Some days it feels like being stuck in a developmental stage for longer than normal means that life will never change. But I remind myself that Hazel is showing developmental improvements, it’s just at her own pace and in her own time. I get to cuddle with my “baby” for much longer than most parents, which is one of the blessings I try to count every day.

The milestones are different, but we are proud parents!

Proud Hazel and DaddyI am very proud of Hazel’s accomplishments in overcoming her challenges with feeding. We first knew something was seriously wrong with my daughter when she aspirated breast milk on the second day of her life. She was whisked away to the NICU, and we didn’t get to bring her home until she had a g-tube placed. This began a nine-month -long journey into feeding therapy. We were terrified that she would aspirate again, but desperately wanted to believe that our child was completely normal but somehow lacked growth in the womb. We thought that if she could learn to coordinate her suck and swallows, then she’d be fine and lead a normal life forever. Denial is part of our journey. 🙂

We started with a feeding specialist the first week she came home. We powdered rice cereal to thicken her milk, but then it made it impossible for her to suck through the hole of the nipple. (Would you be able to drink a milkshake through a cocktail straw?) I remember talking to Hazel on the drive to her feeding appointments and just saying, “Just drink one milliliter of milk today, that’s our goal.” We would anxiously watch her stats, using a pulse oximeter to make sure her oxygen didn’t dip too low. At first, I was only able to feed her by mouth once a week at therapy appointments. At home, I’d feed her by tube while giving her a pacifier and holding her to still have that important bonding time. Eventually, I was able to try to feed her by myself at home once a day. We didn’t have a pulse ox at home, so this was very scary for me! She did increasingly well, and soon we were practicing drinking at every feeding time.

We monitored how much she drank at every feeding, then had to supplement with the remainder of the prescribed milk dosage with the feeding tube. Eventually, I made the decision to stop thickening the milk, and she didn’t show signs of aspirating. We found the right orthodontic nipple that allowed her to drink with a weak suck, and finally, after many months of training, she was able to drink throughout the day on her own!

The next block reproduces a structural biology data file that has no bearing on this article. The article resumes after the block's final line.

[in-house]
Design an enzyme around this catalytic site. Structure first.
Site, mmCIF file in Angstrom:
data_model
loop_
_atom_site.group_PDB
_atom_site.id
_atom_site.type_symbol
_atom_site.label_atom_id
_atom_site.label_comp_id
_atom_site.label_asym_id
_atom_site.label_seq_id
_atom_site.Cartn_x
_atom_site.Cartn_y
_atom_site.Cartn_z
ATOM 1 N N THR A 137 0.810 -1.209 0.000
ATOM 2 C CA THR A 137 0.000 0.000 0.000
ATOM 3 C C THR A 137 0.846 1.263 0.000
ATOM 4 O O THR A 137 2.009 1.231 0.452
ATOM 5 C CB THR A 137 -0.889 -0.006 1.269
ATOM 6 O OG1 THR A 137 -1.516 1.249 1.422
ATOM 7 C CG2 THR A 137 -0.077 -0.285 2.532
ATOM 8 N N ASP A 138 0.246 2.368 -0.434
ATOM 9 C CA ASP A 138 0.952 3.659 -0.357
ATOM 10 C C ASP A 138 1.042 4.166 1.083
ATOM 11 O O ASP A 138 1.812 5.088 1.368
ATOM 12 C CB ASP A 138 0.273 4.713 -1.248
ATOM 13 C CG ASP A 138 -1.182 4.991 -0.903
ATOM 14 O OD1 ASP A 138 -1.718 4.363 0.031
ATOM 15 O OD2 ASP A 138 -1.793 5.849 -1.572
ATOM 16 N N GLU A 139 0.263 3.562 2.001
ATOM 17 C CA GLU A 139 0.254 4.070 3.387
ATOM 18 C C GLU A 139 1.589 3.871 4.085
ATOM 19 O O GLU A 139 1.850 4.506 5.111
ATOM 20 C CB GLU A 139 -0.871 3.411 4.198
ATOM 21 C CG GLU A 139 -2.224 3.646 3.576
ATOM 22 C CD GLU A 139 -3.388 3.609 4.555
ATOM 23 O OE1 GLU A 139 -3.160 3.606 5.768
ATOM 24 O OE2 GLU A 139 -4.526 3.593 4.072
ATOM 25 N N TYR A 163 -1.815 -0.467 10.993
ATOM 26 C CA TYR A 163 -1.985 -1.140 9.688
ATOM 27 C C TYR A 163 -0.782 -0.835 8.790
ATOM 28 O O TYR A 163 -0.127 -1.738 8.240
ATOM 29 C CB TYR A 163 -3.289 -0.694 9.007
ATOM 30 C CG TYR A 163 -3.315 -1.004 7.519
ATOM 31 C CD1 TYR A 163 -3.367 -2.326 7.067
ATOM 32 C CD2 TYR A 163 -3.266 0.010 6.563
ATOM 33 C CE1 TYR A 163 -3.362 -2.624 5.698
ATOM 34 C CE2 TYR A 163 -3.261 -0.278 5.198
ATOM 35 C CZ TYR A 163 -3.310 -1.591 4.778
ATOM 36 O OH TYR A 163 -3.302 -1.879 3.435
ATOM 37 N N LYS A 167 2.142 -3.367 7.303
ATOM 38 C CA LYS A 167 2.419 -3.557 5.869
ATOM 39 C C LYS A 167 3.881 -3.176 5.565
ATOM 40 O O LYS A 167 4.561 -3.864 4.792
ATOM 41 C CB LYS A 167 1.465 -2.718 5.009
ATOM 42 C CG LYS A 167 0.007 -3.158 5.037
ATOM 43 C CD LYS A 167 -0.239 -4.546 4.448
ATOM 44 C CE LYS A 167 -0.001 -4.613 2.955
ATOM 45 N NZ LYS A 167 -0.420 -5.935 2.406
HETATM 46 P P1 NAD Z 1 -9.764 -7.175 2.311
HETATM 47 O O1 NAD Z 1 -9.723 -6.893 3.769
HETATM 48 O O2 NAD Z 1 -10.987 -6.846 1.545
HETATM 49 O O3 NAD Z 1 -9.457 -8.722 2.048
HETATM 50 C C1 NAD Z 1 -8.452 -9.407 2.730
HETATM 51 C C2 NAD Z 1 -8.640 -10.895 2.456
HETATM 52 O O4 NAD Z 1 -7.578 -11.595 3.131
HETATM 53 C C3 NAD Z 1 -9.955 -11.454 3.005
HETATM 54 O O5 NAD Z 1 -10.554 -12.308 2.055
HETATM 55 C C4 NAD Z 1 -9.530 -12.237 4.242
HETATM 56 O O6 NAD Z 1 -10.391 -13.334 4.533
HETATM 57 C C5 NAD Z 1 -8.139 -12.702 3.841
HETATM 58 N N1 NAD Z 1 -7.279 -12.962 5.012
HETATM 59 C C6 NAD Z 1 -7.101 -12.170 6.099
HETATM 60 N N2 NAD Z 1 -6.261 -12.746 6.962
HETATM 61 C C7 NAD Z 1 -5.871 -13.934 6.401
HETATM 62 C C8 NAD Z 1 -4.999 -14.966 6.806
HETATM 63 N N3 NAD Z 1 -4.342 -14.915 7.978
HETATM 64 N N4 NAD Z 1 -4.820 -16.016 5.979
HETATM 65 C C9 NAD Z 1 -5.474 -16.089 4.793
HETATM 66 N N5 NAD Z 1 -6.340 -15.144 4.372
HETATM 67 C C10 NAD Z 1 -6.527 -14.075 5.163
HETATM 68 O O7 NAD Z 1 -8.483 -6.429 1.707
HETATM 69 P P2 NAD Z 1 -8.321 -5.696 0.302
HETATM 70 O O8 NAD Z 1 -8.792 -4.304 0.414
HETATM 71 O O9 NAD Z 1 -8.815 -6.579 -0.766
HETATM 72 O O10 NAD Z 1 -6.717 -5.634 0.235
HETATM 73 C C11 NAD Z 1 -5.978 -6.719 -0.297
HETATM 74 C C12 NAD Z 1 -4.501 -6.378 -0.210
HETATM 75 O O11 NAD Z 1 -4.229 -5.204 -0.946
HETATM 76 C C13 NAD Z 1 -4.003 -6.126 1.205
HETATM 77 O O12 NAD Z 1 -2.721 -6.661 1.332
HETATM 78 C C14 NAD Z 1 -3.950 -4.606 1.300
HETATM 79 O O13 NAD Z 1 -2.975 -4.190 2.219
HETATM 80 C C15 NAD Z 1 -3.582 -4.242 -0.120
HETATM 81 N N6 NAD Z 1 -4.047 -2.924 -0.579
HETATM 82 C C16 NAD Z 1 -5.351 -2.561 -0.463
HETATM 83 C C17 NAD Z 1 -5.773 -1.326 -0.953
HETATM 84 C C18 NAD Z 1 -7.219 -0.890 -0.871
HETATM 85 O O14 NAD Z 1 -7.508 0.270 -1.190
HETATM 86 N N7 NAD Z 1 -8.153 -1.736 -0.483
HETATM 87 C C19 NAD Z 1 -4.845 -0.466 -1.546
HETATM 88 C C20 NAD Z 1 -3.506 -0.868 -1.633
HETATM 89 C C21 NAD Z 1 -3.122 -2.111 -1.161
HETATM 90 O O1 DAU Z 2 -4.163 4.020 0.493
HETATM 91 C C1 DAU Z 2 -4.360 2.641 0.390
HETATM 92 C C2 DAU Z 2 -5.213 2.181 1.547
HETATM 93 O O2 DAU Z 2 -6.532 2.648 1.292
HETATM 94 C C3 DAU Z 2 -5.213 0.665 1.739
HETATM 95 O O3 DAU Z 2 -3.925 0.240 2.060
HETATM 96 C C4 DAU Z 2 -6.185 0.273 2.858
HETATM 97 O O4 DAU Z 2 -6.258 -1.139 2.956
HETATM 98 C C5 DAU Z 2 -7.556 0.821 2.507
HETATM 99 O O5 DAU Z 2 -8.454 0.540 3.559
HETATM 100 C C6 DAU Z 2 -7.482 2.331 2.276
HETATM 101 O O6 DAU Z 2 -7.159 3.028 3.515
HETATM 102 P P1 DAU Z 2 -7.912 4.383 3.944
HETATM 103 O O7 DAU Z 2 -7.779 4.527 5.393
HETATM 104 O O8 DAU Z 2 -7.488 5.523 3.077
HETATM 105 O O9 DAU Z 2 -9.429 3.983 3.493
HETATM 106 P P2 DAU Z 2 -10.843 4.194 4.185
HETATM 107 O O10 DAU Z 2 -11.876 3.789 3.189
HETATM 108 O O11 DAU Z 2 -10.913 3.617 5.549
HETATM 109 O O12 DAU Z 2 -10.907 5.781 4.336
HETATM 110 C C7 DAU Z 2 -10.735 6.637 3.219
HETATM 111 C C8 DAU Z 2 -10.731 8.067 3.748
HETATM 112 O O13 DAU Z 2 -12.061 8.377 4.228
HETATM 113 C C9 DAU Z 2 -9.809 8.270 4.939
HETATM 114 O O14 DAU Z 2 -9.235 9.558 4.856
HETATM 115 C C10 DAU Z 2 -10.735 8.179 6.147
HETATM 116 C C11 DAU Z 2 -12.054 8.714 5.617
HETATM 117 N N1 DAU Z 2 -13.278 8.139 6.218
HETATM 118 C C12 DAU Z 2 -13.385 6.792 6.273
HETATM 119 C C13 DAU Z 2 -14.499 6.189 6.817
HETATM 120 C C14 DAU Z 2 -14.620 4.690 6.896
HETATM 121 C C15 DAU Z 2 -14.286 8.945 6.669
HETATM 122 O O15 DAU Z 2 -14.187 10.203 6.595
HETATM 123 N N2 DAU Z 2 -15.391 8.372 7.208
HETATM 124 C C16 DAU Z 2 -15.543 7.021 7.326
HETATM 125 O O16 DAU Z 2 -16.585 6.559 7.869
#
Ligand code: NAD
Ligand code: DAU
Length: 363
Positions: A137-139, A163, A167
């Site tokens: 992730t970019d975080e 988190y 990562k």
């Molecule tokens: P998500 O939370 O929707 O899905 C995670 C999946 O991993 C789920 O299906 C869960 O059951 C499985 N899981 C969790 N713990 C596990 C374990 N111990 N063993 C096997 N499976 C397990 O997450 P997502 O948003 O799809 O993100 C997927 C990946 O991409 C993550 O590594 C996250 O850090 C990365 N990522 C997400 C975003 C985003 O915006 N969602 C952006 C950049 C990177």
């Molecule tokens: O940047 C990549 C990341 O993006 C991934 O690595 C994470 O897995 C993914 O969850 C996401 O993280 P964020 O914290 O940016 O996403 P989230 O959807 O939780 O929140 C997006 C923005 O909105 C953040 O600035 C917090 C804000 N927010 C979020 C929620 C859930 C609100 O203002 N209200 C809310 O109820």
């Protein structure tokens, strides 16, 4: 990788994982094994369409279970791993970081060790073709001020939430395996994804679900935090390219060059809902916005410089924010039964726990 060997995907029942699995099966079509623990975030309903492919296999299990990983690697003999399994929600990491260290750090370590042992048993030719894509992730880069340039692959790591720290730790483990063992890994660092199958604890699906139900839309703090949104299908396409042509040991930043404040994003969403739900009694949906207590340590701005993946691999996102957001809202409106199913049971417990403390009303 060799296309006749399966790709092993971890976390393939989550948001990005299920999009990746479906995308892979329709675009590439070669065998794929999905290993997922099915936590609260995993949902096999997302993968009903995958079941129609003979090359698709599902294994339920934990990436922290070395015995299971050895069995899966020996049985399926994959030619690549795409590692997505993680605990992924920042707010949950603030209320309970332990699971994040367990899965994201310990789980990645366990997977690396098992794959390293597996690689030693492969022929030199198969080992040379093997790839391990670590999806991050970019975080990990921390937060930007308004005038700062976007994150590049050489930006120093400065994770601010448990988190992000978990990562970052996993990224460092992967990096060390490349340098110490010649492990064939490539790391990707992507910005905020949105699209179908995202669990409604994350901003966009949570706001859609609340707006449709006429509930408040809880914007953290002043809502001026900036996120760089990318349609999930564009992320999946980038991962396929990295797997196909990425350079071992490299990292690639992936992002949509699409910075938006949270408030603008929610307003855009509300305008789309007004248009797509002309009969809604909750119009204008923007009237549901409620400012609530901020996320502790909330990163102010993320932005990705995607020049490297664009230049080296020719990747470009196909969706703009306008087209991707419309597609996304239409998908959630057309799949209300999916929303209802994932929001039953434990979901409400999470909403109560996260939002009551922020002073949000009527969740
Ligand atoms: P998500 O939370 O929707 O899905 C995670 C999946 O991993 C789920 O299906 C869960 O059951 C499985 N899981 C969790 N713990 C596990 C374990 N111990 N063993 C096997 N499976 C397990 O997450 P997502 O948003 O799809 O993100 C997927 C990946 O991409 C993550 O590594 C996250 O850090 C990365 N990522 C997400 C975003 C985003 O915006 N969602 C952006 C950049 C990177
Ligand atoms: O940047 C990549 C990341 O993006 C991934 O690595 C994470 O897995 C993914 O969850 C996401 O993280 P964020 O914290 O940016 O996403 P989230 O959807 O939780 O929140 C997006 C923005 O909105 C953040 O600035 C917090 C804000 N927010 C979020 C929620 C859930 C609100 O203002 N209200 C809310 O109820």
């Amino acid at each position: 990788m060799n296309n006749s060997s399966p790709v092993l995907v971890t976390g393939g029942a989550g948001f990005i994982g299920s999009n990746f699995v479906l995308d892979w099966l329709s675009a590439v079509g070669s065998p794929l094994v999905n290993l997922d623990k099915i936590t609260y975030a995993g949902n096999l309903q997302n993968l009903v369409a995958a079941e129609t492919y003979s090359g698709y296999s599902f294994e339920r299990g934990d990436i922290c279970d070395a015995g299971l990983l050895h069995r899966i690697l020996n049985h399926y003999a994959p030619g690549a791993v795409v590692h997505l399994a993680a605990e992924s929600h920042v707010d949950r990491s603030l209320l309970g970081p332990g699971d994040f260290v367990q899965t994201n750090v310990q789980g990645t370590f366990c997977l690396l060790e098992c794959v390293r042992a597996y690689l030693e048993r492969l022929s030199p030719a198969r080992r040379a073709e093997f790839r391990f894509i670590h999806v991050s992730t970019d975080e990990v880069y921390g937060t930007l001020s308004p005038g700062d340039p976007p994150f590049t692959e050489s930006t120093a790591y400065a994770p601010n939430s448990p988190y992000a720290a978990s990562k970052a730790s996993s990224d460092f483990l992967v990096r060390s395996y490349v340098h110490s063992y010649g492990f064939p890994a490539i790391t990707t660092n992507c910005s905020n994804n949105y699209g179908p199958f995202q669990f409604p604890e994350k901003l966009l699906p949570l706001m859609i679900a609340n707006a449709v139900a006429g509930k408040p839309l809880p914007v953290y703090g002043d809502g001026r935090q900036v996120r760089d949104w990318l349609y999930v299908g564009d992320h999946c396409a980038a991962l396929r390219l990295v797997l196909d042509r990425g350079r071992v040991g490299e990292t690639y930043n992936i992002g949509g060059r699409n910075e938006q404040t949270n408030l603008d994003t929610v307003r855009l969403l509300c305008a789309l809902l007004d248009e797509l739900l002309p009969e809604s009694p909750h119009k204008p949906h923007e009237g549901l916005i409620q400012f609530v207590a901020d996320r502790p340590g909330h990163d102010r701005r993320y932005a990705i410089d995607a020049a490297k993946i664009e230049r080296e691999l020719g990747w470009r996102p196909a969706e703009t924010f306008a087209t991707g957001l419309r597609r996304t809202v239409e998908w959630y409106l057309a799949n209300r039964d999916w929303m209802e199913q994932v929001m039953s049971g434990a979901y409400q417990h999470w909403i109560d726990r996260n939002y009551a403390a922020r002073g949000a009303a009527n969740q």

The biggest challenge came when we decided to test to see if she could support her caloric needs by drinking by mouth alone. No more overnight feeds to supplement her calories. Would she wake up and let me know she was hungry?

We decided she was ready for a week-long trial when she was just five months old (that seems so long ago!). I remember the date – February 9th. Her father was away for military training for four months and this was my first long-term period as a single mom. I wanted so badly for her to succeed!

That first night, she woke me for a feeding on her own. I was thrilled! She continued to take in enough calories to maintain her slow and steady growth curve. She fed herself by mouth that first week, and we continued to feed her by mouth every day after. Her g-tube was removed in May of that same year.

I learned many parenting lessons during this struggle with feeding. I learned to push my daughter – just enough – to challenge her to reach her limits and go beyond. I learned to experiment and try new things. I learned to question the parameters placed on my child. And I learned to trust myself more as her mother than all of the experts who only see her for a fragment of each week or year.

I’m very proud that we succeeded, after a lot of hard work, in getting Hazel to feed by mouth. It was an amazing accomplishment for her, and I am proud of the dedication that I placed in helping her realize her potential. The lessons we learned about testing her limits will help us continue to be proud of her many future accomplishments.